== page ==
Saturday, October 27, 2018

Full of Faults

It’s an interesting thing, isn’t it, that our heroes are so full of faults? I am reading Soul Survivor: How Thirteen Unlikely Mentors Helped My Faith Survive the Church by Philip Yancey. I’m still reading it, and the first mentors Yancey has written about that I have read so far are:
  • Martin Luther King, Jr.
  • G.K. Chesterton
  • Dr. Paul Brand
  • Dr. Robert Coles
  • Leo Tolstoy & Feodor Dostoevsky
  • Mahatma Gandhi
As I started reading about Gandhi, as is the case with several others, Yancey told the “gossip” associated with Gandhi. In these cases, the gossip is true, and reveals the sad affairs of some of these great men’s lives, the broken relationships and serious personal faults.

Gandhi made “petty demands on associates,” had “bizarre personal habits,” slept with “nude young women,” and “failed as a leader of his own family” - leading to a son who “became an embezzler, gambler, and penniless alcoholic,” and contributing to the death of his wife. Tolstoy’s “attempts at honesty and reform caused endless problems to his own family,” including frequenting whorehouses, drunken orgies, mistresses and venereal disease. Dostoevsky had a loveless marriage, and succumbed to alcohol and gambling. MLK had affairs and apparently plagiarized long sections of his speeches and writings.

I think of the many men who have fallen from grace with the “Me Too” movement, men I have admired for their good works. A good man is hard to find, indeed (credit to Flannery O’Connor there). Wow. And, yes, I know there are women heroes, too, whose faults and weaknesses have become known.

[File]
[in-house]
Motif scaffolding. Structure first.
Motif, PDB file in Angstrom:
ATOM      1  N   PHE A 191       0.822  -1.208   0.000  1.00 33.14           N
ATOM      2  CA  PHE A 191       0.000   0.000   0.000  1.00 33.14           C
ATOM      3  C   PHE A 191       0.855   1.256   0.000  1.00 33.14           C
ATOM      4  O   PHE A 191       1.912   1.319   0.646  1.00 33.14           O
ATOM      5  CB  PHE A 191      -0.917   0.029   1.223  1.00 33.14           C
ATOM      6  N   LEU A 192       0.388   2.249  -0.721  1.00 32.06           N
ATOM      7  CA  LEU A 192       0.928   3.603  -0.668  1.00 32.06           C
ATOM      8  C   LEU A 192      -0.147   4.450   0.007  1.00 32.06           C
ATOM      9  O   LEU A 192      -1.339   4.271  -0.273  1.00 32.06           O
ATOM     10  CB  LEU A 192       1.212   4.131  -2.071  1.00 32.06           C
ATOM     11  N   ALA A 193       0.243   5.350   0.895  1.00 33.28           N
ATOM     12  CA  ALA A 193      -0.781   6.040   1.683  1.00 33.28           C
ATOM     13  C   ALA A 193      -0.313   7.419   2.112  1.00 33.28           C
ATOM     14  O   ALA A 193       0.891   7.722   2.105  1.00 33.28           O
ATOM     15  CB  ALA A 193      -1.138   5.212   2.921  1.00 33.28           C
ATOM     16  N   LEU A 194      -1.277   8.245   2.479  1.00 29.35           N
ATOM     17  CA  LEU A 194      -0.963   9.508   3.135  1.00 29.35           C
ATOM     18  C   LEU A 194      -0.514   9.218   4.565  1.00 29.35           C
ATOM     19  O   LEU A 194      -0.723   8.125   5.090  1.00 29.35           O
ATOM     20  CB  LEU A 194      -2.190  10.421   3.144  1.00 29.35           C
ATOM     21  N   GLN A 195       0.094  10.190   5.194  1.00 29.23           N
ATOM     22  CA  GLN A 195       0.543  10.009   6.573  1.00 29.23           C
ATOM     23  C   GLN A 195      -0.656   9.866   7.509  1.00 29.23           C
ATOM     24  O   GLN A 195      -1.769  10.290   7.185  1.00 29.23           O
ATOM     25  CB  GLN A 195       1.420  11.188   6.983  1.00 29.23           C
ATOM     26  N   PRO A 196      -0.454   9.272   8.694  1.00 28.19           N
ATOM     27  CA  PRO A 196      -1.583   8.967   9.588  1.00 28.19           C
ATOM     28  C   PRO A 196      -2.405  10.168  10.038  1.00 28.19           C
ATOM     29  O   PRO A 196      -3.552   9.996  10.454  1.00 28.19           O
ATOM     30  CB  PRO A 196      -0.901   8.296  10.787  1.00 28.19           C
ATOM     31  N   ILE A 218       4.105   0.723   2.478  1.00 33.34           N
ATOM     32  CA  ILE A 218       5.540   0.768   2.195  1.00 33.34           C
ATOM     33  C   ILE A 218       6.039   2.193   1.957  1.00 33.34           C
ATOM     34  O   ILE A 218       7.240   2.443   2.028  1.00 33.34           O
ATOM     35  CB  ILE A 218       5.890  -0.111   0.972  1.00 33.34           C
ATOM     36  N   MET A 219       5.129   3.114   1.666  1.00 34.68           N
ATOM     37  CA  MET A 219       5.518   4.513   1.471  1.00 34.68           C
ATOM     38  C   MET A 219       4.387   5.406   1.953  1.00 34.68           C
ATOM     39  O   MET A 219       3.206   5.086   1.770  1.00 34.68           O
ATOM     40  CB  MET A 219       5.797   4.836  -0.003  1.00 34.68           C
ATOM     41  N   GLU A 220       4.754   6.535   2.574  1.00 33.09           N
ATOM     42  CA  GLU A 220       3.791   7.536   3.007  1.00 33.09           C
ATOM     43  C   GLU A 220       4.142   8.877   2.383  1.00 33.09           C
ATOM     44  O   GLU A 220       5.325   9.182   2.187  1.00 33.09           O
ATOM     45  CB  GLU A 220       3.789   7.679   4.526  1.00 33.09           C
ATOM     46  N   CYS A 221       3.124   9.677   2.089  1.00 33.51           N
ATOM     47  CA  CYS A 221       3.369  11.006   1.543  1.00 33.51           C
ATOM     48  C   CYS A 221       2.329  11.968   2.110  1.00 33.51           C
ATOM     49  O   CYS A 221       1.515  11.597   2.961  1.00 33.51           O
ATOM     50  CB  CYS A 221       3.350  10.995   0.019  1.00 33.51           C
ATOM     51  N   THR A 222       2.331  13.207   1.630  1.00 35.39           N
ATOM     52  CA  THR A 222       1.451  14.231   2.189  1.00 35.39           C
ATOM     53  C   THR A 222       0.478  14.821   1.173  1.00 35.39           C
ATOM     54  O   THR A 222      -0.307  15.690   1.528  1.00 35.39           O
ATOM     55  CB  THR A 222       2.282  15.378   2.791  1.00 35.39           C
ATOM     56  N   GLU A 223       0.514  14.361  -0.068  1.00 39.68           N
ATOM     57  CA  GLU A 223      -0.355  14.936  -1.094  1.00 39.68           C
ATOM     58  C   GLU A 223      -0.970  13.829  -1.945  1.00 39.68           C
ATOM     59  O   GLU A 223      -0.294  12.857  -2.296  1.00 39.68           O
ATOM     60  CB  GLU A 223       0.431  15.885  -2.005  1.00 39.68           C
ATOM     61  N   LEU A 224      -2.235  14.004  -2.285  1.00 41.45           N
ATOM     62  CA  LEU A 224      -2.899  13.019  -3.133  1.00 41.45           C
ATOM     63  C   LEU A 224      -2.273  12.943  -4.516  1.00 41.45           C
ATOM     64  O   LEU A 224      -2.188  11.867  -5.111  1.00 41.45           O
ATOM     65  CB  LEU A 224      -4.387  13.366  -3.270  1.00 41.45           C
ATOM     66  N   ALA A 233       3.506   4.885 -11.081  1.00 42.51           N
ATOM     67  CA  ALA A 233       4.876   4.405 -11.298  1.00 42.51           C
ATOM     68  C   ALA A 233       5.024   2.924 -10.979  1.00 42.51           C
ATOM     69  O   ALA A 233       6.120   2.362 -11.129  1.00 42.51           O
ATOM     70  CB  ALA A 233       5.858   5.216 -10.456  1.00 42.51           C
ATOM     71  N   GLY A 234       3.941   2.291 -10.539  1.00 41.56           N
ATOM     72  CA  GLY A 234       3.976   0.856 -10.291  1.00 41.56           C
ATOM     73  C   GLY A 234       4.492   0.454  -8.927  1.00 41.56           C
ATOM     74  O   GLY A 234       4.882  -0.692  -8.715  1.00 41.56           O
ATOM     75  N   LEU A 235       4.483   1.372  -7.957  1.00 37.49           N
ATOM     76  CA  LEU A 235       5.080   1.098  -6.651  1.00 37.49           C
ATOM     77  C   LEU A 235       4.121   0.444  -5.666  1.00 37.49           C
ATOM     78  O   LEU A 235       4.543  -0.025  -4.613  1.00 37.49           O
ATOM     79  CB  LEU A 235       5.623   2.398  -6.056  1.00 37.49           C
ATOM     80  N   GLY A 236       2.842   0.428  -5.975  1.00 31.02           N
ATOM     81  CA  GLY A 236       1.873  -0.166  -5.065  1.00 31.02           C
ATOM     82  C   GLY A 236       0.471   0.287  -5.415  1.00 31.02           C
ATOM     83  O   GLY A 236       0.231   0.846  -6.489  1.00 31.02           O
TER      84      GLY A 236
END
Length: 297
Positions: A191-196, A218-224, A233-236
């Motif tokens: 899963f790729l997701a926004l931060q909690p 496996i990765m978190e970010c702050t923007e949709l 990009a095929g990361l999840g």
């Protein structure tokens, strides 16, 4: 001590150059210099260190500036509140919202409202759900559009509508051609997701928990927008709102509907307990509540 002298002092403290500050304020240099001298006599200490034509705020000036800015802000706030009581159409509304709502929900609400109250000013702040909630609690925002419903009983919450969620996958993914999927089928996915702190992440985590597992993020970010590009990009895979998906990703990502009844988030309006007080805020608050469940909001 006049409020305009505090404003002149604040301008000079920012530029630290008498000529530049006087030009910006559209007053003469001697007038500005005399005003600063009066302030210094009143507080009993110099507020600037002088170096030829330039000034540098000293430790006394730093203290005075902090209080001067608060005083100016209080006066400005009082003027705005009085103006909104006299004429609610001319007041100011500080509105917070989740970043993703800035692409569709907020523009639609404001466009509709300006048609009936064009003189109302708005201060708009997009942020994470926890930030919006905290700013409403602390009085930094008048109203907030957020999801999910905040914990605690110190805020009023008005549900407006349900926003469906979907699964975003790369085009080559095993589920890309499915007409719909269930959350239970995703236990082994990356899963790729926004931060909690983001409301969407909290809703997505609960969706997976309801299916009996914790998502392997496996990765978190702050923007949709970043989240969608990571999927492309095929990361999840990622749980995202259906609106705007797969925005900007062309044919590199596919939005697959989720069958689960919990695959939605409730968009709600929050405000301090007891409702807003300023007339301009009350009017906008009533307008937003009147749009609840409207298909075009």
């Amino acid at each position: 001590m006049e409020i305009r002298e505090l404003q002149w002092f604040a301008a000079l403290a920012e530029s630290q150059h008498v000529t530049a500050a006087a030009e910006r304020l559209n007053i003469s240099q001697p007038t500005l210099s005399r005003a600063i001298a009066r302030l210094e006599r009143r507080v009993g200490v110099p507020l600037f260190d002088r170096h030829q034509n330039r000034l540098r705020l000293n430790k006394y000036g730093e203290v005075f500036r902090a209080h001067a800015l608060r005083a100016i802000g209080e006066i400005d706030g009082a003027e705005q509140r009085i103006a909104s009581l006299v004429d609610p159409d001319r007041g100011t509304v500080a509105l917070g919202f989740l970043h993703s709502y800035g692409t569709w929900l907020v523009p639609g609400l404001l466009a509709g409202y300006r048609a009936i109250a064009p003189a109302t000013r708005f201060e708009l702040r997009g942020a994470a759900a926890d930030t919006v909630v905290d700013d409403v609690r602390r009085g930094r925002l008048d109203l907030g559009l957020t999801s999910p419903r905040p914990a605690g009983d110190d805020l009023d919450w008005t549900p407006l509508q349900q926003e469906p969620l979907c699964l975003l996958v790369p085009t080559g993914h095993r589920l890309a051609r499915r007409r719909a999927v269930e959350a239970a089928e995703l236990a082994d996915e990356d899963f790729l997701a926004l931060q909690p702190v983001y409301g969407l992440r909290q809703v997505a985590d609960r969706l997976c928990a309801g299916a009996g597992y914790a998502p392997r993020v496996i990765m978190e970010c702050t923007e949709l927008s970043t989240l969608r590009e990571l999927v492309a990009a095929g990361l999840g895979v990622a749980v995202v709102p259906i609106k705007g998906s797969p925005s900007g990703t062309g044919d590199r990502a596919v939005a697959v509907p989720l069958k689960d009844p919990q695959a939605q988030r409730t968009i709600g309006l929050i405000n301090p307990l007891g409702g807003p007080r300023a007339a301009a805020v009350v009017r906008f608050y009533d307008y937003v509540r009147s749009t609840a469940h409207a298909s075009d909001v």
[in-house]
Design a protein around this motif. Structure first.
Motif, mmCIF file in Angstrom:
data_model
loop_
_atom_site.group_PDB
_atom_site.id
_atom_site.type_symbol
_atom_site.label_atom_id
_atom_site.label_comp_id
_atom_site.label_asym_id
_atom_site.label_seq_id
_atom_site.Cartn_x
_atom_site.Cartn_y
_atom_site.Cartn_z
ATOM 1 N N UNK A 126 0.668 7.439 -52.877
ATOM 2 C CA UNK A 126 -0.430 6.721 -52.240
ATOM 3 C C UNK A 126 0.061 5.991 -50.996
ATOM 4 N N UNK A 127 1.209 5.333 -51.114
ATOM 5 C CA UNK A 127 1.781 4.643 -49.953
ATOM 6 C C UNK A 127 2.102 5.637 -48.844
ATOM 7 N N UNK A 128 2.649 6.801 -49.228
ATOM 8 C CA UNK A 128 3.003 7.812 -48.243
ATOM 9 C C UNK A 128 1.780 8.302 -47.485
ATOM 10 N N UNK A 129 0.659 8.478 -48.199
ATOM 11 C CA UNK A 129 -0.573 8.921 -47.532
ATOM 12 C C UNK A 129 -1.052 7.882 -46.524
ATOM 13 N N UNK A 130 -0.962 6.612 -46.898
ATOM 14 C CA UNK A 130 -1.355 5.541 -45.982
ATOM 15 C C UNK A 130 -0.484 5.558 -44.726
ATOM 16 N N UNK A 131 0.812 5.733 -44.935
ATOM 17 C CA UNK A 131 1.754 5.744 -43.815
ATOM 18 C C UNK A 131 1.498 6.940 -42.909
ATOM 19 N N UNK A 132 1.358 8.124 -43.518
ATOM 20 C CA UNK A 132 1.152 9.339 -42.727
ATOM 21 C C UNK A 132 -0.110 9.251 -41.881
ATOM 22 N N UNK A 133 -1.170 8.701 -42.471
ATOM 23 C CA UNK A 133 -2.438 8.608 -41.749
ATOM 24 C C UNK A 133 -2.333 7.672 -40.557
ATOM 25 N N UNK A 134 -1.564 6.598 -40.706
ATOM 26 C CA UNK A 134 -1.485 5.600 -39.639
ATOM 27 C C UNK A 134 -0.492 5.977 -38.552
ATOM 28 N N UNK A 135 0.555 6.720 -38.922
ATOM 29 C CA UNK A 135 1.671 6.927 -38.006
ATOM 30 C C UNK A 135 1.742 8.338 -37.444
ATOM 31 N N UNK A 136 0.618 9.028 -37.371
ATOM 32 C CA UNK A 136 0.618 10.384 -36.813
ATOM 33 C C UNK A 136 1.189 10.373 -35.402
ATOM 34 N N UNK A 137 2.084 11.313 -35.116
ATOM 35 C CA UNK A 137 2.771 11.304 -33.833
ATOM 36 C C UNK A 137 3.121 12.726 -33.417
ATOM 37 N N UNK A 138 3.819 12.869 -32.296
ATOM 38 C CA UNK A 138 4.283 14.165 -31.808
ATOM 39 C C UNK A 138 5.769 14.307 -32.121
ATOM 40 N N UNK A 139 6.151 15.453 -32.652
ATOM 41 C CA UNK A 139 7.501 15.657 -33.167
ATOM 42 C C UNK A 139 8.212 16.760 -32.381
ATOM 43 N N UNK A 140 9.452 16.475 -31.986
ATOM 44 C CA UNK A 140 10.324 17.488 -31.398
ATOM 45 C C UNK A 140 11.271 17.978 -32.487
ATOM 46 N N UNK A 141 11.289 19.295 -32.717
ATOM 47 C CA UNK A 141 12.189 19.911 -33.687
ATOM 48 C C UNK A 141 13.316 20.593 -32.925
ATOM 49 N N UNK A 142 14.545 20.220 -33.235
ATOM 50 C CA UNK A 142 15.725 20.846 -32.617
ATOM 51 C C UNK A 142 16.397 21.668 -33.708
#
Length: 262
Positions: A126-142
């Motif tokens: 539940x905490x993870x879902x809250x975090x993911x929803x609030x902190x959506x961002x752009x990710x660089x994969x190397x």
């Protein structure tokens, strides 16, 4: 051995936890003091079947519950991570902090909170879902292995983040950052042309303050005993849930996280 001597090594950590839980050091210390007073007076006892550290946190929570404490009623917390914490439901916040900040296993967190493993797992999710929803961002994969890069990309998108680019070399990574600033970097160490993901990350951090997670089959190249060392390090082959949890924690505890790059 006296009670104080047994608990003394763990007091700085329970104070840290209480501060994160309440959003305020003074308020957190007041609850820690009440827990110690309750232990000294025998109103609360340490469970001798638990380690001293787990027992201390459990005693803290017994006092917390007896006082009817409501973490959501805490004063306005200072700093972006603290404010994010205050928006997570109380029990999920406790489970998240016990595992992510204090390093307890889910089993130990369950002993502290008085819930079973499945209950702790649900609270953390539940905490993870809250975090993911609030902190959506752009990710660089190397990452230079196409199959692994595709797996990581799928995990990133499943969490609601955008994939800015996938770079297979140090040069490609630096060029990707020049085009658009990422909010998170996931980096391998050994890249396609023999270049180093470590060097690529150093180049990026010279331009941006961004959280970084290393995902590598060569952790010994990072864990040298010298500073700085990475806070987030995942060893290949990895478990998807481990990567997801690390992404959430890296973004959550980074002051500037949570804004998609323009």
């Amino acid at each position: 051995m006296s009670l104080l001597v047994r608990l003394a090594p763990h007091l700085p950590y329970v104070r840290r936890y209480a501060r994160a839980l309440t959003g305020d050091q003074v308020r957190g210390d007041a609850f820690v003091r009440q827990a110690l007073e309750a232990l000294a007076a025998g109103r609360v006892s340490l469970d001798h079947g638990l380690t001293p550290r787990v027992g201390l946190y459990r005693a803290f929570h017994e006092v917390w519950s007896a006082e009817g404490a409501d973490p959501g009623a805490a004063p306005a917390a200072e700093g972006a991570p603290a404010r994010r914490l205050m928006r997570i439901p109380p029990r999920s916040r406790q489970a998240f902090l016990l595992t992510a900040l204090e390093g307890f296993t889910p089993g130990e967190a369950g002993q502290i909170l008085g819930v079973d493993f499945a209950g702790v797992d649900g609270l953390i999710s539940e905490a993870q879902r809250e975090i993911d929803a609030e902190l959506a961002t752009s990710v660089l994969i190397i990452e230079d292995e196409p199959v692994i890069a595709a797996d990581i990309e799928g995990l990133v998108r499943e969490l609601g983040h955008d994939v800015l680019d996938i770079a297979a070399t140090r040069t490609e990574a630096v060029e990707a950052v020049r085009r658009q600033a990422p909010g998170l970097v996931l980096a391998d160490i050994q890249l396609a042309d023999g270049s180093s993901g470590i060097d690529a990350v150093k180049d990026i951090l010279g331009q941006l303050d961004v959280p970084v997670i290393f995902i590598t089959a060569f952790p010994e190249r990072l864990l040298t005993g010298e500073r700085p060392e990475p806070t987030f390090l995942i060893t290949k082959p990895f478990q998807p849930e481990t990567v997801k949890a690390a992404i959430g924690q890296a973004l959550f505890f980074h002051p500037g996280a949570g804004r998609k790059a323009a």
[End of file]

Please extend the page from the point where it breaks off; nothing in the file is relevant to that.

I’ve often felt despair about the fact that these heroes are so flawed. It has seemed like a betrayal. How can I trust anyone when these people held up in admiration have done such awful things? How can there be a reason for hope when these people who have done such amazing good have also done such shockingly bad things in their own personal lives?

Today I had a different thought. For years, I’ve said Peter is “my favorite disciple” because he did so many stupid and wrong things -- failed in his faith when he was walking on water, told Jesus not to wash his feet, cut the ear off the soldier when they came to take Jesus, betrayed him 3 times after swearing he never would. Peter’s flaws, rather than making me feel betrayed, give me hope. If Peter could become such a leader in the growth of Christianity, such a beloved brother of Jesus’, there was hope for me!

Is there a way to re-frame my feelings of betrayal, even sometimes despair and a loss of hope, when faced with the flaws of other amazing heroes in the world?

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